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[(3) LIFE, TRUTH, LIGHT, AND LOVE ‘MORE FULLY MANIFESTED. CORRESPONDING INCREASE OF THE UNBELIEF OF THE JEWS (John 11:1 to John 12:50).
Lazarus restored to life (John 11:1-46).
The journey to Bethany. Sleep and death (John 11:1-16).
The interview with Martha. The Resurrection and the Life (John 11:17-27).
The interview with Mary. Sorrow and love (John 11:28-38).
The open sepulchre. The corruptible and incorruption (John 11:39-46).]
(1) Now a certain man was sick.—This is connected with the preceding narrative to introduce the reason for our Lord’s leaving His retirement to go again into the neighbourhood of Jerusalem.
Named Lazarus, of Bethany.—For the name “Lazarus,” comp. Note on Luke 16:20, where it occurs as the solitary instance of a name in our Lord’s parables. It will be seen from the Chronological Harmony of the Gospels, p. 36, that the parable was closely connected with the miracle in order of time. It is in every way probable that the form in which the truths of the world beyond the grave there took shape was suggested by the incidents which are here recorded. See also the suggestion that this Lazarus may have been identical with the young man that had great possessions, in Notes on Matthew 19:16 et seq. The induction rests upon an enumeration of instances which makes it at least probable in a high degree.
“Bethany,” too, is familiar to us from the earlier Gospels (Matthew 21:17; Matthew 26:6; Mark 11:12; Mark 14:3; Luke 19:29; Luke 24:50). The modern name, El-Azirieh, or El-Lazirieh, connects it with the events of this chapter, being formed from El-Azir, the Arabic form of the name Lazarus. It is a poor village on the eastern slope of the Mount of Olives, about two miles from Jerusalem (John 11:18).
The town of Mary and her sister Martha.—Better, the village . . . (Comp. Luke 10:38.) This is the general meaning of the Greek word, which is distinguished from that for “city” or “town,” as in Matthew 9:35; Matthew 10:11; but John uses it in John 7:42 for Bethlehem. For the relative position of Mary and Martha, comp. Notes on Luke 10:38-42. The younger sister is here mentioned first as the better known from the events related in John 11:2. Lazarus was probably younger than his sisters (John 12:2). The village was known, then, in the circles of the first disciples, as the village of Mary and Martha, by way of distinction from the “Bethany beyond Jordan”; and the distinction is marked here on account of the paragraph at the end of the preceding chapter. (See John 1:28.)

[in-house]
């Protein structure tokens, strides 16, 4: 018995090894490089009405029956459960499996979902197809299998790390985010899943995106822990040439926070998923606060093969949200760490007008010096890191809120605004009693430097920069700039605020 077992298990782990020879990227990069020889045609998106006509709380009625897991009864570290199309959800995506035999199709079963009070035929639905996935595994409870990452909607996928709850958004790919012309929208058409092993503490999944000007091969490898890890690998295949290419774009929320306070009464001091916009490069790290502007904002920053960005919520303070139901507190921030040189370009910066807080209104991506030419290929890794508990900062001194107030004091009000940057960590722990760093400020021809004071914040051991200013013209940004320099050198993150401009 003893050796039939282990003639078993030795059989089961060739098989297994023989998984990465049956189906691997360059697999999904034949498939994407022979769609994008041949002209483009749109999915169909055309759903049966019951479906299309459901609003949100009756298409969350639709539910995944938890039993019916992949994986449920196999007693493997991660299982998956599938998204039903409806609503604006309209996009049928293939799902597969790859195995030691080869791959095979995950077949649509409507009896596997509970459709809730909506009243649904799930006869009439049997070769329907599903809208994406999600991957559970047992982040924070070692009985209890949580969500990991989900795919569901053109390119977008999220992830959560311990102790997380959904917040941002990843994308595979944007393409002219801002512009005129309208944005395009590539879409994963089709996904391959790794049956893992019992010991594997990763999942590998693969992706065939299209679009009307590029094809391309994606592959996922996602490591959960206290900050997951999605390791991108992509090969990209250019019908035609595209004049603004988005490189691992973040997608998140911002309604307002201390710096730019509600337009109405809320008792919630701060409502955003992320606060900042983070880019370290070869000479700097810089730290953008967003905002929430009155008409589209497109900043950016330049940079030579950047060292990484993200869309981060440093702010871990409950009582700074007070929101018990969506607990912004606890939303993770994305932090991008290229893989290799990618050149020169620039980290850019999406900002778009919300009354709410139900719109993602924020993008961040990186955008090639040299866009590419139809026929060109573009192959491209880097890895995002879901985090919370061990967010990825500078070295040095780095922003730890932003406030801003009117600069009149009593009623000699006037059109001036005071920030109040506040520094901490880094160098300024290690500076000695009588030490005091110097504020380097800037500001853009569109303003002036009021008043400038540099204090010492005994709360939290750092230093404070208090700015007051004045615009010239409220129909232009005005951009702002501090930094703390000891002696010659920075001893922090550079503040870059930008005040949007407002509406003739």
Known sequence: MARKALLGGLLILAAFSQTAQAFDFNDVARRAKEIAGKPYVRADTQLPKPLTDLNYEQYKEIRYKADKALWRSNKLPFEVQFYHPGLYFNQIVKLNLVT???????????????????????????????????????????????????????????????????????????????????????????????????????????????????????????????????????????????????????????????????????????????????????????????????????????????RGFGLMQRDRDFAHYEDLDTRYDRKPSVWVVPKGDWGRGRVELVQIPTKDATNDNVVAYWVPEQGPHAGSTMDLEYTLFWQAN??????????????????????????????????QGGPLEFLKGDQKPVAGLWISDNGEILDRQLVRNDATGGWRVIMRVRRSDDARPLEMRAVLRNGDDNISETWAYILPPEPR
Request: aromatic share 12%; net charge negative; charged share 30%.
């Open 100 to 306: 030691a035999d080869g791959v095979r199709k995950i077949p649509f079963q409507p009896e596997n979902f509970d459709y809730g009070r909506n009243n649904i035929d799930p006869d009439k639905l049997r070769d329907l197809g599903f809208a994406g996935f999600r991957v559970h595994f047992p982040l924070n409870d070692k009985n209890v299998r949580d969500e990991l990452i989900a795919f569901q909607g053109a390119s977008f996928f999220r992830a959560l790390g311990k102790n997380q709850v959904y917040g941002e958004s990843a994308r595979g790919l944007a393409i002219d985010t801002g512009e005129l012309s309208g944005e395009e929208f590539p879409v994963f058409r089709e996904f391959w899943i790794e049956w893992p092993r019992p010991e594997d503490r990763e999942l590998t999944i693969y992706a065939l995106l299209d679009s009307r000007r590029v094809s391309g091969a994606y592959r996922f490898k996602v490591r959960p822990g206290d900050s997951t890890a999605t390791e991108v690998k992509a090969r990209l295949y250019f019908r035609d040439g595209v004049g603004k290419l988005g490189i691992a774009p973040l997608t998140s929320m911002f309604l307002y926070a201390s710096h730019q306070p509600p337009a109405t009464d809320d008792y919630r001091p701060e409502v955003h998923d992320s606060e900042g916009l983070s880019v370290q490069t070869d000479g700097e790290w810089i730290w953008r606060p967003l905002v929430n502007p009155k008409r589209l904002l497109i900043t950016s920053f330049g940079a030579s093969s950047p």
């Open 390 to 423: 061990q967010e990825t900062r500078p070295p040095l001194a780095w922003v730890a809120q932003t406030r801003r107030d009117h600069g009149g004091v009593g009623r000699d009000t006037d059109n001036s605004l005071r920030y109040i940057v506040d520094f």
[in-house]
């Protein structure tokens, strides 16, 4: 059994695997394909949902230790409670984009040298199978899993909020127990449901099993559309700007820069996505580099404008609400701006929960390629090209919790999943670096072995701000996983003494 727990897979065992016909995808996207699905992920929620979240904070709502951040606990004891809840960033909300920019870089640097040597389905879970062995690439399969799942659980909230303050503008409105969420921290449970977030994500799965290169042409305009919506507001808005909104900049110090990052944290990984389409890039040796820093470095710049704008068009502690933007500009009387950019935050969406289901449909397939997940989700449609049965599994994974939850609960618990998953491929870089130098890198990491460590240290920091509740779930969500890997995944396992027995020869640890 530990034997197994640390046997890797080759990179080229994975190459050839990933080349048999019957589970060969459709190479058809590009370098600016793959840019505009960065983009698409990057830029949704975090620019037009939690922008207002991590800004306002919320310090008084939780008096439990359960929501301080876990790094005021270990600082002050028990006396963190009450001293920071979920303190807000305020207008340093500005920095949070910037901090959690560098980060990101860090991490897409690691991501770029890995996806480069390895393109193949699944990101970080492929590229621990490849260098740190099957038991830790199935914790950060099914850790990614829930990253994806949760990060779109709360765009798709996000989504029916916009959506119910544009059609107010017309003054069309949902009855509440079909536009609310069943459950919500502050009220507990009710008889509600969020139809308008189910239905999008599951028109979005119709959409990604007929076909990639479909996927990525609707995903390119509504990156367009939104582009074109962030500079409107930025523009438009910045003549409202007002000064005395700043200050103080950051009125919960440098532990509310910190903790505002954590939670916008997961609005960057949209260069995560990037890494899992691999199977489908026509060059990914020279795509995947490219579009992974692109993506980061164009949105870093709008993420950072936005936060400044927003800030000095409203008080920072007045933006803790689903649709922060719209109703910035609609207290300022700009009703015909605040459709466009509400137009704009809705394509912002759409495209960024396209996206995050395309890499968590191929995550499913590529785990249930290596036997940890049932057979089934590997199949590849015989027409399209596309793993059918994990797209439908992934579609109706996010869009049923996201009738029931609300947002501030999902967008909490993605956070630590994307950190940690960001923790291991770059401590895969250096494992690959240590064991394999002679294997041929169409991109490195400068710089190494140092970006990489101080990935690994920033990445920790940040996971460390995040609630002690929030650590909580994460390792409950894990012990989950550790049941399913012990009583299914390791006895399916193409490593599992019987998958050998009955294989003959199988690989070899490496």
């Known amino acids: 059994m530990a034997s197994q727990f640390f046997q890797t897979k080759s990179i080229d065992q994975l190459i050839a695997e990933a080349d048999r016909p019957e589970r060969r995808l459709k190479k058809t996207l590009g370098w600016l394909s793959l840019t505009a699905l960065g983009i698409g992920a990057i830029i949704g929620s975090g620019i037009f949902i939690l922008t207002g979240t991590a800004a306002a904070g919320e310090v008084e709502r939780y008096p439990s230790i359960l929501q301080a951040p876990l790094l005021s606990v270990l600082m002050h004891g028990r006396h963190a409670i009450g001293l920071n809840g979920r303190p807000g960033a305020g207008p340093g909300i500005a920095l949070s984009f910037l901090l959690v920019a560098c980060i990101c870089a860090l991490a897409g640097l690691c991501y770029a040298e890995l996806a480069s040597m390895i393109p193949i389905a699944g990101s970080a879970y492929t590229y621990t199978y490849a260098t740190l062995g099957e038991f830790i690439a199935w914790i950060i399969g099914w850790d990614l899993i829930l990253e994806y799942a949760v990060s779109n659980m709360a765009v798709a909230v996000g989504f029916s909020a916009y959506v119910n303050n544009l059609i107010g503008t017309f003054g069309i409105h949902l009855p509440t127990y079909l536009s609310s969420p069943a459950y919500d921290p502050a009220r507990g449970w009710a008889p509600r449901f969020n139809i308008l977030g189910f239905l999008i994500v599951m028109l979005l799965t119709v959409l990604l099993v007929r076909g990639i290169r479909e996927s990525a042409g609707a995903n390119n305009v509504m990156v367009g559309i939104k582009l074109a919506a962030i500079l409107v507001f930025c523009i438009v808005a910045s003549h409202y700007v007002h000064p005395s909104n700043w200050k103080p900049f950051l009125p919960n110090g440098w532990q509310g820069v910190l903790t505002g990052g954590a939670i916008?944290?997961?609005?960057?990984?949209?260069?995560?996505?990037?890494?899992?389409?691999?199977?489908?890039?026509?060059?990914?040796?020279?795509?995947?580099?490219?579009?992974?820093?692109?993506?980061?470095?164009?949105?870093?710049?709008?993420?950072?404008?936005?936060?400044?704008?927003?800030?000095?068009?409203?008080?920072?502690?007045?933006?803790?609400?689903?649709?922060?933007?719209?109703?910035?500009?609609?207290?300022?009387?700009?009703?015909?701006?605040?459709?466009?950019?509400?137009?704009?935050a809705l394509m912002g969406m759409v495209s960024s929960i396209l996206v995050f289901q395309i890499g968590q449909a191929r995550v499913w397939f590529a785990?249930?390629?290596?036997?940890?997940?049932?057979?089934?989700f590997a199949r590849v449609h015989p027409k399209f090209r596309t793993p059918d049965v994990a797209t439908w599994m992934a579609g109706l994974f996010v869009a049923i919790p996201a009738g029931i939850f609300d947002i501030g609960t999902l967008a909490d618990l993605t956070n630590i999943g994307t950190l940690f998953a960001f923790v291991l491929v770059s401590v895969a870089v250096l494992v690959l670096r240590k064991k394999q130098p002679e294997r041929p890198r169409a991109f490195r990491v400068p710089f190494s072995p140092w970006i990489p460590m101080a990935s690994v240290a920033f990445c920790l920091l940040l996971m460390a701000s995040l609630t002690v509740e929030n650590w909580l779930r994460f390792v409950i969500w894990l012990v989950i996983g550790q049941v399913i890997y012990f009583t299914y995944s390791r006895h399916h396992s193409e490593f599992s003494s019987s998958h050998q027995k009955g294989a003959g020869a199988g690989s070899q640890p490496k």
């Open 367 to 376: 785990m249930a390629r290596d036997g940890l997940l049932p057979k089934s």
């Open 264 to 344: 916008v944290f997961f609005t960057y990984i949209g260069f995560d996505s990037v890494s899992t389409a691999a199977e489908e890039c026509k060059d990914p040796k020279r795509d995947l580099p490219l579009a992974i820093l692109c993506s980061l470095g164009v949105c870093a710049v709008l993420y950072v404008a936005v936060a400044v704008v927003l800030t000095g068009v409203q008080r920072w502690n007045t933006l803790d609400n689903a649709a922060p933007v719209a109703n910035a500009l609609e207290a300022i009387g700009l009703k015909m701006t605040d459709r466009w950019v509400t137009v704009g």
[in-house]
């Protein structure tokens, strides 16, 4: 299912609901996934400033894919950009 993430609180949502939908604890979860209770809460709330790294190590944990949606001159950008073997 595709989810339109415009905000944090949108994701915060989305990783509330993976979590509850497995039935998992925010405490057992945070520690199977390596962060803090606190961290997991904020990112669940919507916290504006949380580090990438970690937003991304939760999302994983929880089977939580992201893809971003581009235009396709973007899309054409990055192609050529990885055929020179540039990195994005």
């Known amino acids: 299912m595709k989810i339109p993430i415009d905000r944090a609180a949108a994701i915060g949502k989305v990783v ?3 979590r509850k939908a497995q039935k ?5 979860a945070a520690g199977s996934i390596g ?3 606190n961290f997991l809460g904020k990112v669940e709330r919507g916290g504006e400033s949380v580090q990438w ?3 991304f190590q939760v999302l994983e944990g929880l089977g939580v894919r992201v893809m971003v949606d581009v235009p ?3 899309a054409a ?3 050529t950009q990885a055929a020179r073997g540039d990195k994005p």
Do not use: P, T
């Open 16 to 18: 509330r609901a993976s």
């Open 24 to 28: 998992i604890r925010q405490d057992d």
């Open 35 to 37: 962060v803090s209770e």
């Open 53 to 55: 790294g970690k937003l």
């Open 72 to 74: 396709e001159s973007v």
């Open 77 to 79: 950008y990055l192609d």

(2) It was that Mary which anointed the Lord.—Comp. Notes on Matthew 26:6 et seq., and Mark 14:3 et seq. John himself relates the anointing in John 12:3 et seq. Here he simply mentions it as distinguishing Mary from others of the same name. and assumes it as a well-known incident which had been, as Christ declared it should be, “told for a memorial of her wheresoever the gospel had been preached” (Matthew 26:13). Still, the other Evangelists had not told the name, and St. John, when the name first occurs in his narrative, connects it with the person whose deed of love was known to all.
There is no sufficient reason for identifying Mary of Bethany with the “woman which was a sinner” (see Notes on Luke 7:37 et seq.), or for identifying either with Mary Magdalene.
This verse should not be placed in parenthesis, as in our version. It is immediately connected with the verse which precedes, as well as with that which follows.
(3) Therefore his sisters sent unto him.—Better, The sisters therefore sent unto Him—i.e., because of the fact of the illness, which has been repeated at the close of the last verse, and also because of the intimacy between our Lord and this family, of which the anointing was a proof. (Comp. John 11:5.)
Lord, behold, he whom thou lovest is sick.—The words are given in the touching simplicity of the message just as they were sent by the sorrowing sisters. They feel that the sad news needs no addition, and that there is no necessity for a prayer for help. Weakness, conscious of strength which loves, needs but to utter itself. (Comp. John 11:21.)